Startled by its swiftness, the scientific community was enabled to make studies of the melting ice caps by our spy satellites this week.
In the vast expanse of ice that remains, melting pools which increase the rate of melt have been hard for scientists to study. The new release of photos has made their studies much easier.
In an unusually speedy move, a U.S. government agency released more than a thousand intelligence images of Arctic ice just a few hours after the National Academy of Sciences recommended the action to help scientists study the impact of climate change.
The Interior Department made the images public on Wednesday afternoon. The academy’s report urging the release of the pictures was issued at 11 a.m. EDT (1500 GMT) on Wednesday.
Some 700 images show swatches of sea ice from six sites around the Arctic Ocean, with an additional 500 images of 22 sites in the United States. The images can be seen online at gfl.usgs.gov/.
Changes in the Arctic affect global climate, since the Arctic region acts as an "air conditioner" for the planet.
The Arctic images have a resolution of about 1 yard (1 metre), a vast improvement on previously available pictures of sea ice, said Thorsten Markus of NASA’s Goddard Space Flight Center.
"These are one-meter-resolution images, which give you a big picture of the summertime Arctic," Markus said on Thursday. "This is the main reason why we are so thrilled about it. One meter resolution is the dimension that’s missing.
The images were derived from classified images made as part of the Medea program, which lets scientists request spy pictures from environmentally sensitive locations around the globe.
While our new administration makes steps toward turning the government back to uses that actually benefit the U.S., criticism about the smallness of those steeps mount. Last night Bill Moyers’ Journal presented arguments from representatives of environmental groups demonstrating for much more and faster reduction of pollution.
BILL MOYERS: Give me a simple summary of what you think is wrong with this bill.
ERICH PICA: There’s a number of things. But the big ones are, one, the bill doesn’t reduce global warming emissions in the United States fast enough. And the emission reduction targets are just inadequate. Particularly if we’re trying to be a global leader. Two, it strips away the EPA’s authority under the Clean Air Act to regulate greenhouse gas emissions.
BILL MOYERS: The Environmental Protection Agency.
ERICH PICA: The Environmental Protection Agency. Which is a key tool that environmentalists have been using to shut down coal plants. Three, it gives away a tremendous amount of money. Hundreds of billions of dollars to the polluting industries that have, essentially, caused the problem of global warming. The Duke Energies, Shells, Conocos of the world. Gives a lot of a lot of free giveaways in the in terms of permits. Four, and this is kind of overwhelming the entire system, is that it relies on Wall Street to help solve the problem of global warming.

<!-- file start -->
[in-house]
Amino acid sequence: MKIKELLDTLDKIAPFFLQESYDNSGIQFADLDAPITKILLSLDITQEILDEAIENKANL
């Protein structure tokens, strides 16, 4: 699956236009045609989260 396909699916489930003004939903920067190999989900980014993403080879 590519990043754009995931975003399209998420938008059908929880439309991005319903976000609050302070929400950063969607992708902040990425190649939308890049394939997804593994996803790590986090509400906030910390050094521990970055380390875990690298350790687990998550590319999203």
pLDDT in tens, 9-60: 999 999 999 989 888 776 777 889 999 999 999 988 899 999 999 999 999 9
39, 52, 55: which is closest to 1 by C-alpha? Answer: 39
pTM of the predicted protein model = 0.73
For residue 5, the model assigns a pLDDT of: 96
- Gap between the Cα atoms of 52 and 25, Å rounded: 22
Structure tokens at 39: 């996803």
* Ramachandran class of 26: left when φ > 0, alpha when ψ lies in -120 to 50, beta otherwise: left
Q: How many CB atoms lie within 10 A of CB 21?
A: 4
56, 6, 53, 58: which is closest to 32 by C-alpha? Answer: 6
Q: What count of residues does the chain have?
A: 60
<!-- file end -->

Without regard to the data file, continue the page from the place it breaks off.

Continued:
BILL MOYERS: By?
ERICH PICA: By allowing them to manage the trading system that’s created underneath this bill:
BILL MOYERS: A derivative, right?
ERICH PICA: Subprime mortgages. We feel there’s going to be subprime carbon in this market. Where they’re going to be trading these derivatives and these various securities that may have global warming emission reductions associated with them. May not. But it’s going to be so large. And Wall Street is going to work feverishly to erode any of the standards and protections that are put into this bill to prevent Wall Street from gaming the system. Then, a matter of time, it’s not going to matter what we put in this bill, ’cause Wall Street, as we’ve seen over the last 20 years, seems to always win. When it comes to deregulating the very agencies that are responsible for monitoring and enforcing the rules.
MARY SWEETERS: You know, it’s just it’s been an entrenched system. They’re there to, just further their profits. To continue business as usual. And they see this as potentially a threat. So they’ve turned this bill into something that’s a gain for them.
The threat to our economy that produced worldwide disaster has, of course, other causes than Wall Street’s profit taking. But the plan to make a real use for the institutions of government as an instrument working for, rather than against, public interests, will take a firm hand.
The rescue of the economy won’t happen if our new administration can’t keep Wall Street under supervision and control. The rescue of our environment will take those firm measures as well. Conversion of the Interior Department back into a protector of the environment is welcome.
The surprising, and immediate, use of spy satellites in the interests of preserving our world shows a good beginning.